At first glance, child molestation statistics can be eye-opening and surprising. Child molestation statistics prove that more underage girls are subject to sexual abuse than boys. The number almost doubles for girls in comparison with boys. The majority of all molestation cases are committed against those under the age of eighteen, and many molestation cases are never finished. This is because children are often terrified of the situation and do not wish to pursue a molestation charge.
Child molestation statistics show that half of all sexual abuse cases occur between familiar parties. Abusers usually know the children they are molesting, and have a relationship with them that often appears credible. This fact is why it is hard to detect molestations.
Child molestation also occurs within religious realms. Many cases in recent history have occurred within the Catholic church, where molestation has been ignored or under reported in the past. These credible relationships can be those within a family, or educational setting. Additionally, the abuser can be a family friend. When a person is trusted, they become the last person anyone suspects to commit such a horrible crime.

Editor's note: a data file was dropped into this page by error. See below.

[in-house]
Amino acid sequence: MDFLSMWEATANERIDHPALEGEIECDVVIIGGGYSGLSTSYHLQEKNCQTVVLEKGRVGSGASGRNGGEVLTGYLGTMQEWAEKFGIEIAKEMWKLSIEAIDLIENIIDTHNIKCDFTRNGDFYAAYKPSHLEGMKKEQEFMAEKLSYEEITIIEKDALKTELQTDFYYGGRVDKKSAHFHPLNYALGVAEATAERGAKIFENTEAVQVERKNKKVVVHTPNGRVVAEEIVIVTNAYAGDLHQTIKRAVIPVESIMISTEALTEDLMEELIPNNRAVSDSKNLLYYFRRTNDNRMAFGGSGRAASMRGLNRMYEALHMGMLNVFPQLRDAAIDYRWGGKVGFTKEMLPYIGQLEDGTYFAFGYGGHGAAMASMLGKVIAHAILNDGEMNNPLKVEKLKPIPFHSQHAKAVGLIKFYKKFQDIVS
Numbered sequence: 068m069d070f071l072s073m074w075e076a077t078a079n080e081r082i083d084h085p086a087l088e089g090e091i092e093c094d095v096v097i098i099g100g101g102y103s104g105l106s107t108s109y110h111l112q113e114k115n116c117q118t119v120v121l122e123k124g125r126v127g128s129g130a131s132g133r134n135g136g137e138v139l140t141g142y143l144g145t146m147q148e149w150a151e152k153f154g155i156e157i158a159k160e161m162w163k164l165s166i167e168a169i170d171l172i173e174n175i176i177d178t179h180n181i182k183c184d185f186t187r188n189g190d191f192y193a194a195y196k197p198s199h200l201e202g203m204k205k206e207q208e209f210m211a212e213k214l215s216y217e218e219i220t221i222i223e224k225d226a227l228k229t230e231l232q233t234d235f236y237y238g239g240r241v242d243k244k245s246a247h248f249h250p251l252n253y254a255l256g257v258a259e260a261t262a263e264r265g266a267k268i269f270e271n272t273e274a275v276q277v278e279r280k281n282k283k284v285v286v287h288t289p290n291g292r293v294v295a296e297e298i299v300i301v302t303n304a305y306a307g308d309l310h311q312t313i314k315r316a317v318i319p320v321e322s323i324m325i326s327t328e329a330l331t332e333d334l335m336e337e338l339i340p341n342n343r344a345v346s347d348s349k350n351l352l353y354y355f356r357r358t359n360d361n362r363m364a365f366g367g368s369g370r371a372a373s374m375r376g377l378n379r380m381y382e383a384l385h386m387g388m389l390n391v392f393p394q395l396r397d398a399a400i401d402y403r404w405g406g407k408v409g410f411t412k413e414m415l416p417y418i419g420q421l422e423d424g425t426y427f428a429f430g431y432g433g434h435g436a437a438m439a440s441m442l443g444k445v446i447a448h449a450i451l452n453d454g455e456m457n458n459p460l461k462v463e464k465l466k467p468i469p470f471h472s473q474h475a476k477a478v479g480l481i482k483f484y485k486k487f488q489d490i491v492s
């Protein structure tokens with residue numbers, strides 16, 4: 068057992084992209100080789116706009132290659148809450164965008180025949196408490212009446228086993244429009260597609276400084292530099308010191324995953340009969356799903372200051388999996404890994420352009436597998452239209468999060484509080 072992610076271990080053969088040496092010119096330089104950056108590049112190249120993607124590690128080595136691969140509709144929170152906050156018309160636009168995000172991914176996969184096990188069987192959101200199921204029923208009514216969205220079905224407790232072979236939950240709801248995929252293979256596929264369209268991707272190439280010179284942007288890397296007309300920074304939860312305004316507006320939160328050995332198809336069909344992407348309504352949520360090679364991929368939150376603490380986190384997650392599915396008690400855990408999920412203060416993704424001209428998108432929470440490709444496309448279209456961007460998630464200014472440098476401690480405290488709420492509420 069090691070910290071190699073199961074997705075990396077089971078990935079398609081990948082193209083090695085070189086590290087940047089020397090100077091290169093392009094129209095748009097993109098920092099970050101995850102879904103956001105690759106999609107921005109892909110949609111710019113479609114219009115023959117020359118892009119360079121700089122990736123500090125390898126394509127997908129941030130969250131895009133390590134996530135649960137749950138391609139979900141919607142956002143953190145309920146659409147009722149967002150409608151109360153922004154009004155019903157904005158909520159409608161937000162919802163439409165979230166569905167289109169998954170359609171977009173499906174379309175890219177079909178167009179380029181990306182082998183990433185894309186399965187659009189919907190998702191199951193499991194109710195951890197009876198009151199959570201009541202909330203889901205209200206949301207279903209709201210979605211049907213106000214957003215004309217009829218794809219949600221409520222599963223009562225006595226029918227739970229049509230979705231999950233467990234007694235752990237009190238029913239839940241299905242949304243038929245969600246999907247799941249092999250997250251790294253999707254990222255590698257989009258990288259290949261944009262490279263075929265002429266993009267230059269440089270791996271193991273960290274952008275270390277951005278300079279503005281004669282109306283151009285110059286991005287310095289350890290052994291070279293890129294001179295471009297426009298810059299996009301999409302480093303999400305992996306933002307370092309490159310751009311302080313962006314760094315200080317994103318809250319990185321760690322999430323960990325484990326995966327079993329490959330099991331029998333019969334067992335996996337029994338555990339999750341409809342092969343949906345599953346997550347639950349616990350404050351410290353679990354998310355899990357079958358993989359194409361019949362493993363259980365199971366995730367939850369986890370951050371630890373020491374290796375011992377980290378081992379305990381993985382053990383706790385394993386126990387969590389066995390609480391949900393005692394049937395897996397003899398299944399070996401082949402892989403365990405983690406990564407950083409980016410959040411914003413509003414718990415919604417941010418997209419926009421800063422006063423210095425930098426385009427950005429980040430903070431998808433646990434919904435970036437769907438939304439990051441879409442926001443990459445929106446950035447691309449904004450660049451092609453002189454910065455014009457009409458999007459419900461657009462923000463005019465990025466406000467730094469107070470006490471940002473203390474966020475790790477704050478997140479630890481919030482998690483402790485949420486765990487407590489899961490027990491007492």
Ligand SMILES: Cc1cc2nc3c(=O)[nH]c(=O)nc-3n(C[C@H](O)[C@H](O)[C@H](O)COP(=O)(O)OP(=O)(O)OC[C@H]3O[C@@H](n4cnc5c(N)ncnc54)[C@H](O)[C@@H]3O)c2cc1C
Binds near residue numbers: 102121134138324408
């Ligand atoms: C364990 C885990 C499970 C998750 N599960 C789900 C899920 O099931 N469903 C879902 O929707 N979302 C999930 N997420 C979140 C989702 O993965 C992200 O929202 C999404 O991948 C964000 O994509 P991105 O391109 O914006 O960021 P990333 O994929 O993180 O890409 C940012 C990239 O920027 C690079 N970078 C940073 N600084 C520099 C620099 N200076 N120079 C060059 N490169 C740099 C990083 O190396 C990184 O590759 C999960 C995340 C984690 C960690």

Child molestation statistics state that the average age in which child molestation occurs is nine years. Most children of this age will not admit when they have been victims of sexual abuse. However, children are not known to cry wolf either. The majority of sexual abuse cases that are reported are truthful in nature. Adults have been known to be fraudulent in reporting sexual molestation and abuse.
Child molestation statistics support the notion that eating disorders, depression, headaches, and other physical problems stem from sexual abuse. Most children need therapy or counseling of some sort after going through such situations. Therapy can be the key to avoiding drug problems, and behavioral issues among minors.
Child molesters usually molest more than one child in a lifetime. Serial molesters do exist and can have hundreds of victims. Statistics are used to help enforcement and families design new ways to prevent sexual abuse. Additionally, they make people aware of the risk that exists for their children to be harmed. Families aware of the staggering statistics may choose to better prepare their children for potential abuse situations.